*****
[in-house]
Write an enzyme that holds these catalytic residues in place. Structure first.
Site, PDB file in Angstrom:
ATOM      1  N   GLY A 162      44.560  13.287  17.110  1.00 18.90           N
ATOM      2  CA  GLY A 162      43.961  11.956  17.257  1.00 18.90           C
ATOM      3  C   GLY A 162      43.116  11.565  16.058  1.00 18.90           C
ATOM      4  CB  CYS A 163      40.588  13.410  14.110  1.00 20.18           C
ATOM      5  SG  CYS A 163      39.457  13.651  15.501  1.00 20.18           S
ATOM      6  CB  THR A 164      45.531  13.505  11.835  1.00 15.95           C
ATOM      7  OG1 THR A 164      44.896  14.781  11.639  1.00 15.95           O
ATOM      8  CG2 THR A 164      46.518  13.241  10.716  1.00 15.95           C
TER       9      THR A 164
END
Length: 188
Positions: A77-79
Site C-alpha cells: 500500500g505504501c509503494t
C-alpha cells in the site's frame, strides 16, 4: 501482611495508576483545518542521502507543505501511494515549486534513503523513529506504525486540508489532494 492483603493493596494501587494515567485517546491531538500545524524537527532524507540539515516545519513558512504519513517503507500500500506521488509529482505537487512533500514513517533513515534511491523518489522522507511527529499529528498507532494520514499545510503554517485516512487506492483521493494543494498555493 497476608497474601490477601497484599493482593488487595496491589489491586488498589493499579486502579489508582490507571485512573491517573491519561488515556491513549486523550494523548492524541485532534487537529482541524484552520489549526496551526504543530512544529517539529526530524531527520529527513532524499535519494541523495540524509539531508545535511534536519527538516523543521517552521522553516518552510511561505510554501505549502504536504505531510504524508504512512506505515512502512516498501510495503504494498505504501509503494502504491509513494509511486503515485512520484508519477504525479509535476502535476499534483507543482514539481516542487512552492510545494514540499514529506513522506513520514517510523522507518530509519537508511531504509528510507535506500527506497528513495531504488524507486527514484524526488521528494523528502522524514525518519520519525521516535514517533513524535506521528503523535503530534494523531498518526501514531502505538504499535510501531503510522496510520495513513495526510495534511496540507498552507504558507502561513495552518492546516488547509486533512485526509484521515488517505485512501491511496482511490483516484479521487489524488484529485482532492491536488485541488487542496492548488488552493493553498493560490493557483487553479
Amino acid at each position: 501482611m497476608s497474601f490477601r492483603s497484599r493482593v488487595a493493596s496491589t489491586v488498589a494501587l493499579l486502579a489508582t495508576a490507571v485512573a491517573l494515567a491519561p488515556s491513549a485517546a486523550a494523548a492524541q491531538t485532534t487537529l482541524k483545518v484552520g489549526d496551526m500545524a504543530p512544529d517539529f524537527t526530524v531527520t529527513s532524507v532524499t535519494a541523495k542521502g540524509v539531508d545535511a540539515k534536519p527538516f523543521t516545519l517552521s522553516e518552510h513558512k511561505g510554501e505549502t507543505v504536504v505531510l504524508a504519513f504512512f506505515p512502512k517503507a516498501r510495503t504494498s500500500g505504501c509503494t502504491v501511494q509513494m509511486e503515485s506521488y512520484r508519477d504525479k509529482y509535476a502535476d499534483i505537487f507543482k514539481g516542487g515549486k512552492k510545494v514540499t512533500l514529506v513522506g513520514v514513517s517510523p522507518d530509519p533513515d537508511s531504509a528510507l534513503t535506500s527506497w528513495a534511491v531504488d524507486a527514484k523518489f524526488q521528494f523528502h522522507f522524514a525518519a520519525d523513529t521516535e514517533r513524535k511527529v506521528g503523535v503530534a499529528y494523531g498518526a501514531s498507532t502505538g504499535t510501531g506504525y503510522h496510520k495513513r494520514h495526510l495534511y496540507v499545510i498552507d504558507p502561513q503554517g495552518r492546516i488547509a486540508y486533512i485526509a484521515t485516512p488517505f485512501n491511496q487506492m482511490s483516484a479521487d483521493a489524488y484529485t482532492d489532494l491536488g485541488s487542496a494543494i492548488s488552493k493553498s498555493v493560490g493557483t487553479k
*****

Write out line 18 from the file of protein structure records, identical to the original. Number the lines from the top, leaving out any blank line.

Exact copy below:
Amino acid at each position: 501482611m497476608s497474601f490477601r492483603s497484599r493482593v488487595a493493596s496491589t489491586v488498589a494501587l493499579l486502579a489508582t495508576a490507571v485512573a491517573l494515567a491519561p488515556s491513549a485517546a486523550a494523548a492524541q491531538t485532534t487537529l482541524k483545518v484552520g489549526d496551526m500545524a504543530p512544529d517539529f524537527t526530524v531527520t529527513s532524507v532524499t535519494a541523495k542521502g540524509v539531508d545535511a540539515k534536519p527538516f523543521t516545519l517552521s522553516e518552510h513558512k511561505g510554501e505549502t507543505v504536504v505531510l504524508a504519513f504512512f506505515p512502512k517503507a516498501r510495503t504494498s500500500g505504501c509503494t502504491v501511494q509513494m509511486e503515485s506521488y512520484r508519477d504525479k509529482y509535476a502535476d499534483i505537487f507543482k514539481g516542487g515549486k512552492k510545494v514540499t512533500l514529506v513522506g513520514v514513517s517510523p522507518d530509519p533513515d537508511s531504509a528510507l534513503t535506500s527506497w528513495a534511491v531504488d524507486a527514484k523518489f524526488q521528494f523528502h522522507f522524514a525518519a520519525d523513529t521516535e514517533r513524535k511527529v506521528g503523535v503530534a499529528y494523531g498518526a501514531s498507532t502505538g504499535t510501531g506504525y503510522h496510520k495513513r494520514h495526510l495534511y496540507v499545510i498552507d504558507p502561513q503554517g495552518r492546516i488547509a486540508y486533512i485526509a484521515t485516512p488517505f485512501n491511496q487506492m482511490s483516484a479521487d483521493a489524488y484529485t482532492d489532494l491536488g485541488s487542496a494543494i492548488s488552493k493553498s498555493v493560490g493557483t487553479k